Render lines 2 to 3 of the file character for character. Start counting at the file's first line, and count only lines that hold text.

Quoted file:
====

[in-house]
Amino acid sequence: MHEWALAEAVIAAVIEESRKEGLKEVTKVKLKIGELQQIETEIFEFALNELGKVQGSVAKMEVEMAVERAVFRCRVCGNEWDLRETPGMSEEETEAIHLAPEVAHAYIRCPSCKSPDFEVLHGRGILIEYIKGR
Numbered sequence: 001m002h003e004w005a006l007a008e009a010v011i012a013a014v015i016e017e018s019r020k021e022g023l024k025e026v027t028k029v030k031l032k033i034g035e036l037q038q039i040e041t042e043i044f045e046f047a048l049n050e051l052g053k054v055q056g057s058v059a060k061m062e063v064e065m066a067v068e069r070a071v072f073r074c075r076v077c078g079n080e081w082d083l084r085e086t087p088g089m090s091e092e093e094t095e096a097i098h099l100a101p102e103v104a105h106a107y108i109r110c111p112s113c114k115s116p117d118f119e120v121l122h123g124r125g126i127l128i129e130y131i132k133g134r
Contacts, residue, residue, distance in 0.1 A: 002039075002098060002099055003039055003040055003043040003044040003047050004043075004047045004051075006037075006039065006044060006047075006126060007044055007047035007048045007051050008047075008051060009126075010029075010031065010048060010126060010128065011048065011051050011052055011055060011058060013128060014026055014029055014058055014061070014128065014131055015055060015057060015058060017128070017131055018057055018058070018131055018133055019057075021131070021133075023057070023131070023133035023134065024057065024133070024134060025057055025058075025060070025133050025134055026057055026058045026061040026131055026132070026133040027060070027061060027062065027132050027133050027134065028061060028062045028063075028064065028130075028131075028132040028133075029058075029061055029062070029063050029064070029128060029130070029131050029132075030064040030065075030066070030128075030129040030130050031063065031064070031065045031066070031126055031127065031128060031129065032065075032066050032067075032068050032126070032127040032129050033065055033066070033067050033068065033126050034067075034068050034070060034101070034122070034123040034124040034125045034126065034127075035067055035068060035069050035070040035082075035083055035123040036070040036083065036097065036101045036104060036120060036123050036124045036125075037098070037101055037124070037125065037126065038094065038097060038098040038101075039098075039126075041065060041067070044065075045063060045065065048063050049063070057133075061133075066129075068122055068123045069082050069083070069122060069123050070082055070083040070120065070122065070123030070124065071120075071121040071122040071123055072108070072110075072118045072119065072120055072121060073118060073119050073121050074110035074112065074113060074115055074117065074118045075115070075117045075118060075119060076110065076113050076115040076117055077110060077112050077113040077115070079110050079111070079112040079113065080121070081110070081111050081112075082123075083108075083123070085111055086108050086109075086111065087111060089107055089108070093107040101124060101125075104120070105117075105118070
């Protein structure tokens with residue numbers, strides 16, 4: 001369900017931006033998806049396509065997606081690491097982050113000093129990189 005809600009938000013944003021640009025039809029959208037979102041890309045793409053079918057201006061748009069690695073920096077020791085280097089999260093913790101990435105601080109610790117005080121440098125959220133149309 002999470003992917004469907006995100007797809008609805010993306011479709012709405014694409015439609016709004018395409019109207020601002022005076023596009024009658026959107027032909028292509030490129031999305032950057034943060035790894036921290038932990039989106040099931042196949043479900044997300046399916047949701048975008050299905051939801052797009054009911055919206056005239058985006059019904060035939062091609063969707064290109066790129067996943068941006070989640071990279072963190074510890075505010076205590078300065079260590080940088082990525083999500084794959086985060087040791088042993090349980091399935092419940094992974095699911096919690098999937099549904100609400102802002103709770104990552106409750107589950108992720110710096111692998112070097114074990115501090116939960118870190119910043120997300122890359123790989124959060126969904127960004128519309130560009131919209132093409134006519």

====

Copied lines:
Amino acid sequence: MHEWALAEAVIAAVIEESRKEGLKEVTKVKLKIGELQQIETEIFEFALNELGKVQGSVAKMEVEMAVERAVFRCRVCGNEWDLRETPGMSEEETEAIHLAPEVAHAYIRCPSCKSPDFEVLHGRGILIEYIKGR
Numbered sequence: 001m002h003e004w005a006l007a008e009a010v011i012a013a014v015i016e017e018s019r020k021e022g023l024k025e026v027t028k029v030k031l032k033i034g035e036l037q038q039i040e041t042e043i044f045e046f047a048l049n050e051l052g053k054v055q056g057s058v059a060k061m062e063v064e065m066a067v068e069r070a071v072f073r074c075r076v077c078g079n080e081w082d083l084r085e086t087p088g089m090s091e092e093e094t095e096a097i098h099l100a101p102e103v104a105h106a107y108i109r110c111p112s113c114k115s116p117d118f119e120v121l122h123g124r125g126i127l128i129e130y131i132k133g134r